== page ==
In theater, the term “the fourth wall” is used to describe the separation between the actors onstage and the viewers in the audience. The first three walls in a theater production are the two walls on the sides of the stage, and the wall behind the stage, which partially encompass the actors. The “fourth wall” is an imaginary wall that exists at the front of the stage, acting as a perceived barrier, keeping the action on stage separate from the audience, in effect eliciting little or no audience participation in the production. Therefore, when a play is said to “break the fourth wall,” it means that the production on stage is no longer sovereign, but includes the audience, speaks directly to the audience, allows the audience to participate and engage. What does this have to do with safety in the workplace, you might ask? Much more than you would think.
Far too often there is a division between supervisors and their employees, a “fourth wall” that has been unintentionally created, whether through the culture of the workplace, or the nature of the work, that keeps employees from actively engaging with their supervisors and vice versa. Many times both parties are not consciously aware of this wall, yet each feels the affects of being unable to openly seek out and communicate with the other party. New employees, especially, can be intimidated by the thought of speaking to their supervisors or seeking help from management, and even experienced workers can feel the strain of division, keeping them from approaching their supervisors even in situations when it may be necessary. Often this “fourth wall” work environment can lead to unsafe working conditions or accidents which that could have been prevented had there been greater communication between the workers and supervisors involved. The adage “you never know unless you ask” is never more true than when applied to working conditions, and employees cannot be expected to be aware of safety rules and regulations if they are not able, or are too afraid, to ask questions on the job.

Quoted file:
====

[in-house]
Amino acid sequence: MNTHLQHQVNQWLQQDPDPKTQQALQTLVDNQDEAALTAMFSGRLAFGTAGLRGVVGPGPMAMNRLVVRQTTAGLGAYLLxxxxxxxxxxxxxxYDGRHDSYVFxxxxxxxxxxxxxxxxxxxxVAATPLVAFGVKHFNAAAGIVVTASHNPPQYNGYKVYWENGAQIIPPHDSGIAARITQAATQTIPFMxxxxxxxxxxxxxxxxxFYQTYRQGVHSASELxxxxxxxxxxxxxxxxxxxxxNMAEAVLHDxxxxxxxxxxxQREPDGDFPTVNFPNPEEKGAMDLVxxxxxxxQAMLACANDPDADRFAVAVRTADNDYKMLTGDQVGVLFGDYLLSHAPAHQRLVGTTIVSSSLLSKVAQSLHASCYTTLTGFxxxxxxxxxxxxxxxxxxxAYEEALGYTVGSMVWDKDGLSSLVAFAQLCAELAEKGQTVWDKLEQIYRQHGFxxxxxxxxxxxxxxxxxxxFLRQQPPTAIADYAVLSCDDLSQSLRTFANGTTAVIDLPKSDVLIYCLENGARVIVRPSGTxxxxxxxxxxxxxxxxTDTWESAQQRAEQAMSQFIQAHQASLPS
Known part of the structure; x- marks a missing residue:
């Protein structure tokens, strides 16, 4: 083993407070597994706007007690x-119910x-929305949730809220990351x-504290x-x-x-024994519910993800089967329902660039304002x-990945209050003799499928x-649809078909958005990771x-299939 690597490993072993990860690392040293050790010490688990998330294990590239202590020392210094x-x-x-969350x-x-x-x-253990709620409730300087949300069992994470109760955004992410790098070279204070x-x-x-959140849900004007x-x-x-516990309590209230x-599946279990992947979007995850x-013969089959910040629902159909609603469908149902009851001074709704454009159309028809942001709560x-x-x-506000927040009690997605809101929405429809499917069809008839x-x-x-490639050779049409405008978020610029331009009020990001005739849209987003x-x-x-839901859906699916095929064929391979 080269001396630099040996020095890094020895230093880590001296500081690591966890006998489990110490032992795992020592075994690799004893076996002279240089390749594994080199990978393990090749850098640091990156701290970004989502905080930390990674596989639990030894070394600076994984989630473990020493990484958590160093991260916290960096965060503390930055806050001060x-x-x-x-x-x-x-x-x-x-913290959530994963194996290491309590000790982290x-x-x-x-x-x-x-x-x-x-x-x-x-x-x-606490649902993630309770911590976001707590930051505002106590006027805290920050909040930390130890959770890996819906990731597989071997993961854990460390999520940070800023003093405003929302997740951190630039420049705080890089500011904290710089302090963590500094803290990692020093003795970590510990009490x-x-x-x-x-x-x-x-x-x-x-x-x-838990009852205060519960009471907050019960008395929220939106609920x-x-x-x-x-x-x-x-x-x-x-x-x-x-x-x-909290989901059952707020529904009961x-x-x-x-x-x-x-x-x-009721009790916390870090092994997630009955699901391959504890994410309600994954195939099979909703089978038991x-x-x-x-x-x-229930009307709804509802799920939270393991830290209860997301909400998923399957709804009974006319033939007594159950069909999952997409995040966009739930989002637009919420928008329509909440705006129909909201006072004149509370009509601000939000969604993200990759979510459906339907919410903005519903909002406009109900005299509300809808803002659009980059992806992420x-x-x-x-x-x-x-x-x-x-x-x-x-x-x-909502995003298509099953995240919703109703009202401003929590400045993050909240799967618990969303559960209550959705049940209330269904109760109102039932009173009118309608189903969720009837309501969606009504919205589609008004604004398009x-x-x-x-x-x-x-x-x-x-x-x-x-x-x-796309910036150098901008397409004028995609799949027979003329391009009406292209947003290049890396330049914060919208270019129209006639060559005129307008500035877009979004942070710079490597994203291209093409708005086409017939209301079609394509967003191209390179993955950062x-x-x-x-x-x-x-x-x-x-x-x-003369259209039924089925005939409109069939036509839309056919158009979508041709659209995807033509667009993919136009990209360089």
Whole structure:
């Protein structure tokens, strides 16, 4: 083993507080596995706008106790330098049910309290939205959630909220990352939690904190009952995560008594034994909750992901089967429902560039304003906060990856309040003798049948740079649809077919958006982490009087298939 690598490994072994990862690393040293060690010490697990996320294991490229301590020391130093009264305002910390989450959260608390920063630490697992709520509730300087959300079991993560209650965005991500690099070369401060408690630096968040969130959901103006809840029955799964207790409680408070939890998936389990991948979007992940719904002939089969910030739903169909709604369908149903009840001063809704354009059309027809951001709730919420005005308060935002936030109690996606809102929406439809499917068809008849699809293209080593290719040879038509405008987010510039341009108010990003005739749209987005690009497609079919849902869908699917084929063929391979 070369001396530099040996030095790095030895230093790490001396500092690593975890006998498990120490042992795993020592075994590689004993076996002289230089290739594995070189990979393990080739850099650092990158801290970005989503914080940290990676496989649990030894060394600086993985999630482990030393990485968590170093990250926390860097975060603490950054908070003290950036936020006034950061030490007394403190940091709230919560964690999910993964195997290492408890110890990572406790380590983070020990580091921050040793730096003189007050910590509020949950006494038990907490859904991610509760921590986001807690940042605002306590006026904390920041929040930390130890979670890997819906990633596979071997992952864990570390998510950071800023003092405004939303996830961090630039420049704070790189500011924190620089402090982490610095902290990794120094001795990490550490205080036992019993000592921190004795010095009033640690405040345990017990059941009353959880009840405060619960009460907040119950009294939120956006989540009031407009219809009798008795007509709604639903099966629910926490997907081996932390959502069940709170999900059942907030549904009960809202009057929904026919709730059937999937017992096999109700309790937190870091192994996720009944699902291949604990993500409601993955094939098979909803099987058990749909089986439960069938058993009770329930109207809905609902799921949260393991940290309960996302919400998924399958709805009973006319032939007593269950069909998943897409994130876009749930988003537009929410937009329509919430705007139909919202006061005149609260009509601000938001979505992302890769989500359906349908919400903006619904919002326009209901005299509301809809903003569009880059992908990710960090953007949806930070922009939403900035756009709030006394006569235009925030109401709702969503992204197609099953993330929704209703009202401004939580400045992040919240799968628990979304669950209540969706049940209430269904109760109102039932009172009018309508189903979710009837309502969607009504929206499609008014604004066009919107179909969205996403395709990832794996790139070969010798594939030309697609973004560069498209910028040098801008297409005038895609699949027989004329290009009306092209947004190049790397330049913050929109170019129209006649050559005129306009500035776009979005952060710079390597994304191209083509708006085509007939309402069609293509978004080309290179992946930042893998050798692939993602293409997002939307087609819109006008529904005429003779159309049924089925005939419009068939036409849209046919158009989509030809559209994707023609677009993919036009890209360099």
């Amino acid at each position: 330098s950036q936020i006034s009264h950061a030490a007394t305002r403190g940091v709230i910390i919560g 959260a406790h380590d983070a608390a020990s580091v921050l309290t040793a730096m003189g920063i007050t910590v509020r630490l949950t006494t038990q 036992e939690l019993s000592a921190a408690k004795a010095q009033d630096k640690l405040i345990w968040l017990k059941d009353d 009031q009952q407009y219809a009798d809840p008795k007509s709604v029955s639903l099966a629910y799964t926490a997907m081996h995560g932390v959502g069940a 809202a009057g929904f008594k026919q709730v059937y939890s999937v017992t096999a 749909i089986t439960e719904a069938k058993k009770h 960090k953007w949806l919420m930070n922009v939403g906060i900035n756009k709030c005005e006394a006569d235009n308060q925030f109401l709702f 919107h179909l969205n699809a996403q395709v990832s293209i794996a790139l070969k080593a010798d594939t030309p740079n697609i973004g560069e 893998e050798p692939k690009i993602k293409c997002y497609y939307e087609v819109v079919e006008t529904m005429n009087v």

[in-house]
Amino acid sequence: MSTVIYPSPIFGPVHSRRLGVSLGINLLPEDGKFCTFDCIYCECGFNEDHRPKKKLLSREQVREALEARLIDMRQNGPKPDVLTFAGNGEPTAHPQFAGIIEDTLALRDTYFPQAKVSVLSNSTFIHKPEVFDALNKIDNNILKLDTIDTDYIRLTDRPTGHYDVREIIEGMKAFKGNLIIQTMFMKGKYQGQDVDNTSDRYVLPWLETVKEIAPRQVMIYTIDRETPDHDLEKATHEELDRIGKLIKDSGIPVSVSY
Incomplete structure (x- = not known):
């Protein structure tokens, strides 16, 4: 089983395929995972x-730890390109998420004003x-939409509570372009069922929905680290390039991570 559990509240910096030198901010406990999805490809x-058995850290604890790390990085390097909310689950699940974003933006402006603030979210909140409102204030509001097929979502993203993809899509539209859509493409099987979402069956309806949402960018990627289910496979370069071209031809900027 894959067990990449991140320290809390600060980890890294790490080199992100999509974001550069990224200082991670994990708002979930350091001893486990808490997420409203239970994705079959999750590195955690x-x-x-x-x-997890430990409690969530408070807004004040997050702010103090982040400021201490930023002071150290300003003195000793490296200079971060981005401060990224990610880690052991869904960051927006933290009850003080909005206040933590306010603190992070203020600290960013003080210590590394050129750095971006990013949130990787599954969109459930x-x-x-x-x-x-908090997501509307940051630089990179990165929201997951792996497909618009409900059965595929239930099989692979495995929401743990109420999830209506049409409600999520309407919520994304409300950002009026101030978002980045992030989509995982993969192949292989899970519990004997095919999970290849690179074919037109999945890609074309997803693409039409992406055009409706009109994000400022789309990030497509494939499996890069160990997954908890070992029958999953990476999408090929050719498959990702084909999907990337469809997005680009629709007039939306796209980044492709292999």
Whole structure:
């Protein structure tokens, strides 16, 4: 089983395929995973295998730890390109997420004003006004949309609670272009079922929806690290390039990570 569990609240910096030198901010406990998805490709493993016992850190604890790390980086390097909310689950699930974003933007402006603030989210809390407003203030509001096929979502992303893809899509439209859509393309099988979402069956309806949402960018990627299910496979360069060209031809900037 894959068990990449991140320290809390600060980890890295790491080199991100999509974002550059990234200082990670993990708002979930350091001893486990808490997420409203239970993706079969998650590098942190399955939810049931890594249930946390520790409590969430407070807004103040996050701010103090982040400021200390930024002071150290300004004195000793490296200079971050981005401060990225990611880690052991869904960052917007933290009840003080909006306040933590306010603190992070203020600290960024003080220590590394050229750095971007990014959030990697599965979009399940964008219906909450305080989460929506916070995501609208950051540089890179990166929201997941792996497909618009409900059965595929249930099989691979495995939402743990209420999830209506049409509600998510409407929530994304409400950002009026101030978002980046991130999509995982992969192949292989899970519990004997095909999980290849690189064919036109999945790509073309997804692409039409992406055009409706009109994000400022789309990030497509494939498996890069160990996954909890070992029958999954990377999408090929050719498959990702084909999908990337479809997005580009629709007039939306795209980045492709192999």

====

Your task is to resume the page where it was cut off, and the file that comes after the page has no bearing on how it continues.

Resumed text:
Luckily though, opening and maintaining lines of communication between workers and management is much easier than you think, and it all starts with breaking the forth wall. Instead of supporting a feeling of separation in the workplace, try to create an “open” environment where employees can easily and effectively approach and communicate with their supervisors about workplace issues without having to worry about being judged. Many offices refer to this as an “open door” or “open office” policy, where the door is always open for employees to talk to and share their ideas with their supervisors, and vice versa. In such environments, employees and employers can communicated with each other much more effectively, while sharing ideas and concepts that often lead to innovative workplace solutions, especially within the realm of safety. By making it known that employees can and are encouraged to voice their concerns and ask questions at any time, workers are far more likely talk to their peers and supervisors when they need information about workplace hazards or safety procedures, in effect setting a strong foundation for a safe work environment. Everyone agrees that an informed worker is a safe, more effective employee, and it is a supervisor’s job to keep their employees in the know, even if it means being able to answer questions at any time, especially since questions often bring to light issues of concern that a supervisor might not have thought of, or forgot to cover.
In the end, both employers and employees can benefit greatly from breaking the fourth wall between supervisors and workers by maintaining an open door policy in the workplace. Not only will creating an environment of openness help workers to become happier and more productive, but it will allow them to be safer as well.